Wells Fargo announced this week the creation of a new position designed to better serve its small-business customers in the Charlotte region, part of a nationwide strategy.
The business development officer in Charlotte, like similar roles recently created in the Triangle and Lexington areas, will focus on building and expanding relationships with small businesses, spokesman Josh Dunn said.
In Charlotte, the position is held by Corey Sturdivant, who has worked for Wells since 2014 as a market relationship manager. Sturdivant and his counterparts elsewhere in North Carolina began working in their new roles in October, Dunn said.
San Francisco-based Wells Fargo moved to create the roles to boost its market share among small businesses, said Jason Lackey, small business acquisition manager for the Carolinas.
During a review last year of how effective Wells is at serving small businesses nationwide, the bank noticed a gap when it came to companies with annual sales of $2 million to $5 million, said Lackey, who oversees Sturdivant and his counterparts in the Carolinas.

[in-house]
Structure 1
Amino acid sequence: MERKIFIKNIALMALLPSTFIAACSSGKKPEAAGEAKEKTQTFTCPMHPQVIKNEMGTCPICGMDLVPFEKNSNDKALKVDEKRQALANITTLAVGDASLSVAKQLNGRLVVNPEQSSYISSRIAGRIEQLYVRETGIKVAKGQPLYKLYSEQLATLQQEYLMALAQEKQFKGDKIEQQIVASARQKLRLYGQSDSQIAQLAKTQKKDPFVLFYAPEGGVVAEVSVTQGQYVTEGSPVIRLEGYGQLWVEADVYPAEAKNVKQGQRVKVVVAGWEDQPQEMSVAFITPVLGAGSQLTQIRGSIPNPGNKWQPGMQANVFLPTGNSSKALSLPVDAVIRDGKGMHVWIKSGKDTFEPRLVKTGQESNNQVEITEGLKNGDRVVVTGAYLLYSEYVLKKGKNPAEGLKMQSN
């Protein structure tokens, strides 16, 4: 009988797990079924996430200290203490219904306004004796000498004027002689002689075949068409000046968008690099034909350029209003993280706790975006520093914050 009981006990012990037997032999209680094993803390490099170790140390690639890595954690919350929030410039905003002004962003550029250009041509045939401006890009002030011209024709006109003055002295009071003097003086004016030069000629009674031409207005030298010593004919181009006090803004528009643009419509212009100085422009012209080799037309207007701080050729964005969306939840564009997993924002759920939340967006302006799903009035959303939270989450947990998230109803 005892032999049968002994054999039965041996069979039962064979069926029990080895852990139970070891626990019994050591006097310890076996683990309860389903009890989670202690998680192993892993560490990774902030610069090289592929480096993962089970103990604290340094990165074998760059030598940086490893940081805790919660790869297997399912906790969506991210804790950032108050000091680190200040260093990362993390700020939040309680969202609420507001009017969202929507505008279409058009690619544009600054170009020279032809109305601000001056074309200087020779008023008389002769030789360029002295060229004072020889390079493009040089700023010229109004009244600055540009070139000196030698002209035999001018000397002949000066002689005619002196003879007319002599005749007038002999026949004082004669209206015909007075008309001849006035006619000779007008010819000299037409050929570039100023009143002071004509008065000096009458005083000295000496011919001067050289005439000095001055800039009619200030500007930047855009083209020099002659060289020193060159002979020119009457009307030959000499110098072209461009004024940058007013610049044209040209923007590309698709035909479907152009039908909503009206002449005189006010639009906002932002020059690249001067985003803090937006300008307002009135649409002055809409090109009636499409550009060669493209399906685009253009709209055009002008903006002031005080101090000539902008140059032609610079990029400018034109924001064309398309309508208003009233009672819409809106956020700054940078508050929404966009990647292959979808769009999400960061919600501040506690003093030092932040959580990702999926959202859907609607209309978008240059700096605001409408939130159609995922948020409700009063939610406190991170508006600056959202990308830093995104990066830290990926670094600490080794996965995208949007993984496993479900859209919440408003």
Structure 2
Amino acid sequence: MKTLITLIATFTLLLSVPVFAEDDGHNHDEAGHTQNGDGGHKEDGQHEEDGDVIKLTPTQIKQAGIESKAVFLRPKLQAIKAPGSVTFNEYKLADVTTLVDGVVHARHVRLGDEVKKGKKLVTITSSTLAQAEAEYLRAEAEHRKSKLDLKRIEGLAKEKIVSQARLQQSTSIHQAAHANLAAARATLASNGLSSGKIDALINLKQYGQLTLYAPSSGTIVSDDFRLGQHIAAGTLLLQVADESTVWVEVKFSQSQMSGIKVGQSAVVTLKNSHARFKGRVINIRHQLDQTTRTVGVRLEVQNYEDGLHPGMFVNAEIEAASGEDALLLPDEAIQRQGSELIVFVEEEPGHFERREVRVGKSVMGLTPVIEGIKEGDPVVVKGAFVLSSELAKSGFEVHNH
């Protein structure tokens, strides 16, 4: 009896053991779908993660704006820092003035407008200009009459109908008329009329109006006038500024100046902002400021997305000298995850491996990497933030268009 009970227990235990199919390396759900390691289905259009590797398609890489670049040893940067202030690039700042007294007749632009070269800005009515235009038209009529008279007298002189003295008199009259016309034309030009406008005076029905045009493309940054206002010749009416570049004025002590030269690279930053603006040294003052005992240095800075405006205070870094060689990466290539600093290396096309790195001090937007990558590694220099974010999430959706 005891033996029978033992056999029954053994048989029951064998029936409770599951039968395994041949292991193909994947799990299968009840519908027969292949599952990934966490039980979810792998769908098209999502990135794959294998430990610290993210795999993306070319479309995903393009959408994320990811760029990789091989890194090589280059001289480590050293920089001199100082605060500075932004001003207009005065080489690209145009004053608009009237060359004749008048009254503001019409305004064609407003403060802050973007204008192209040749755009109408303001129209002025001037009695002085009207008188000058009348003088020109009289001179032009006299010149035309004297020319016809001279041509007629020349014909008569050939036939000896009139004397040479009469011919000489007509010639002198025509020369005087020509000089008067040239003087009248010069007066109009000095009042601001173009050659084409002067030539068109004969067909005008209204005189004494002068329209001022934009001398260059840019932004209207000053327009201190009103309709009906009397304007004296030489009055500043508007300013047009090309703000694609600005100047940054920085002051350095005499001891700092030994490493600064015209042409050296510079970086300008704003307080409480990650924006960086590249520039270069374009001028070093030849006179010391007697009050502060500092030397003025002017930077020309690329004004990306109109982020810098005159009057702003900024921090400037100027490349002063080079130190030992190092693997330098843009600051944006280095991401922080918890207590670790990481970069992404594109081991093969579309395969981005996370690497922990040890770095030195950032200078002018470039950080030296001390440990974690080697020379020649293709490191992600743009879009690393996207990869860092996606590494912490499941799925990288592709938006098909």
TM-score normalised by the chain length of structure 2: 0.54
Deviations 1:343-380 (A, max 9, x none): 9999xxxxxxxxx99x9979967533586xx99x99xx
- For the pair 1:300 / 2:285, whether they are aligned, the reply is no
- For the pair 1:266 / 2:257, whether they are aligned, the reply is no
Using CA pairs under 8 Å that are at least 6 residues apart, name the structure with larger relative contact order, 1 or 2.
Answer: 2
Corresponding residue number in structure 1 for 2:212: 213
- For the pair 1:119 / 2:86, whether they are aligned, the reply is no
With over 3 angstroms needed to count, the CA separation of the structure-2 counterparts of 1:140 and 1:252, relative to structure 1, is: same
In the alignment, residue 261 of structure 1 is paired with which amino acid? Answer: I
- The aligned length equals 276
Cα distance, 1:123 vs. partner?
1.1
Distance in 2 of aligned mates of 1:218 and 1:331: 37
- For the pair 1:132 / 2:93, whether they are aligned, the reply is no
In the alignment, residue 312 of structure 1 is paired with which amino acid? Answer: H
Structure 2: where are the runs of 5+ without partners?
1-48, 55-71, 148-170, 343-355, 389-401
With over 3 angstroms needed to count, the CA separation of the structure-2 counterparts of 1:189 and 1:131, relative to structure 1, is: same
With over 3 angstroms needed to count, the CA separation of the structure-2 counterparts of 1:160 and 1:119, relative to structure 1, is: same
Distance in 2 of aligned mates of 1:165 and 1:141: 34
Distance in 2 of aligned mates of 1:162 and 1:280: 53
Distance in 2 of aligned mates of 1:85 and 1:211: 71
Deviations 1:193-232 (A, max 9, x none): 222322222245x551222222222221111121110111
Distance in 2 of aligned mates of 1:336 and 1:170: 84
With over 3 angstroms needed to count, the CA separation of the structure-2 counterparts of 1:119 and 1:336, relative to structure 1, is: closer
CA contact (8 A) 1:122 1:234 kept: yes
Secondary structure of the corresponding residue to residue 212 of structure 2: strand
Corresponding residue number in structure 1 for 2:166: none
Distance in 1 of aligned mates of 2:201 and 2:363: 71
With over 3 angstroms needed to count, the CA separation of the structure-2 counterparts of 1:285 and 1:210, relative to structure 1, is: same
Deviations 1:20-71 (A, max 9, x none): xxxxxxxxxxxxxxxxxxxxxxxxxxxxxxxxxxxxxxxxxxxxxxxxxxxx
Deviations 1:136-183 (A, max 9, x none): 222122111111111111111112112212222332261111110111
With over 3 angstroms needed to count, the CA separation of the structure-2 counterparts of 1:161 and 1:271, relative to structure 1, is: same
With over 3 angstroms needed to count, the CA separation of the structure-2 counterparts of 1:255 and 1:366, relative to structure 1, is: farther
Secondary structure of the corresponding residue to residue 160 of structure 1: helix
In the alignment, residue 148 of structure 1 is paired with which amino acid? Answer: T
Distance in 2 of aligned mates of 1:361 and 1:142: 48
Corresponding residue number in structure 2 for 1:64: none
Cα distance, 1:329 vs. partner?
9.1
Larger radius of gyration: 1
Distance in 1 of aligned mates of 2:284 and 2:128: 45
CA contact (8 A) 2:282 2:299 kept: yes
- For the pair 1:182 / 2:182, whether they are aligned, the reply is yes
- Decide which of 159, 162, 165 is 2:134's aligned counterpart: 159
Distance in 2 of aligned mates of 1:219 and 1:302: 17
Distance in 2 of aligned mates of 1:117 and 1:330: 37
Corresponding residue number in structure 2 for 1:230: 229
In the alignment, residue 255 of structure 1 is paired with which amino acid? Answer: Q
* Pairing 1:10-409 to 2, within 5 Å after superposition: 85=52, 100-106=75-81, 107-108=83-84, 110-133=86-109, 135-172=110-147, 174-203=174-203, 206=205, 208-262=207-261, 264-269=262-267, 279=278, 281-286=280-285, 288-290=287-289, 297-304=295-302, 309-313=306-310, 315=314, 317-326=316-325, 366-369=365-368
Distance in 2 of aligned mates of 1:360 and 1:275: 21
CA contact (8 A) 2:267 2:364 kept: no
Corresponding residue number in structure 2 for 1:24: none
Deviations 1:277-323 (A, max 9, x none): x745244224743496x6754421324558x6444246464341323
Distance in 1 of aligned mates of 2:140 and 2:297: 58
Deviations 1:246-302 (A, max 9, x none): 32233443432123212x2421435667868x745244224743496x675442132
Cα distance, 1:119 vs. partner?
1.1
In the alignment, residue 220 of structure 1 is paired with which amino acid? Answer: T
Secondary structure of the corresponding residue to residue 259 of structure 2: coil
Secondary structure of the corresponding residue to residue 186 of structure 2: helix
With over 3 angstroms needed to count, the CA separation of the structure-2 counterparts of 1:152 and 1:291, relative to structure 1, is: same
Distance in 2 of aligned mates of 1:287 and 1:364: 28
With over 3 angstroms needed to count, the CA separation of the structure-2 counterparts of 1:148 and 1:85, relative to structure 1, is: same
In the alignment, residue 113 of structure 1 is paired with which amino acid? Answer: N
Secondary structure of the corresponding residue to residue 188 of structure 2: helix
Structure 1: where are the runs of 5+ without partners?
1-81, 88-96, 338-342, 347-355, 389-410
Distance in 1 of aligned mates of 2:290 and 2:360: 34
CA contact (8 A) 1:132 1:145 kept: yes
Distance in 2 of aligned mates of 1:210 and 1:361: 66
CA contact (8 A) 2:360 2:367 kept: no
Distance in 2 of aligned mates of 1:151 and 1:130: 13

This past spring, Wells began appointing people to the new roles in markets such as Houston, New Mexico, California and parts of the Southeast to serve businesses in that revenue range, Lackey said.
The Carolinas are part of a second roll-out phase, after which the bank expects to have more business development officers across the U.S., said Lackey, who is based in Charlotte.
Lackey, who previously served as regional business banking manager for Wells in Charlotte, reports to Bob Marshall. Marshall is based in McLean, Va., and is Wells’ national small business development leader.
Wells said it plans to name another business development officer for the Charlotte region around the beginning of next year.
Charlotte remains Wells Fargo’s largest employment hub, employing roughly 24,000 people, more than Bank of America’s local employment of about 15,000.
The creation of the new roles comes as Wells Fargo continues recovering from a scandal over fake accounts that erupted in September 2016.
Since the scandal, Wells has reported slumps in certain customer activity and the loss of some business, though it has pointed to ongoing efforts to improve its reputation and change its practices.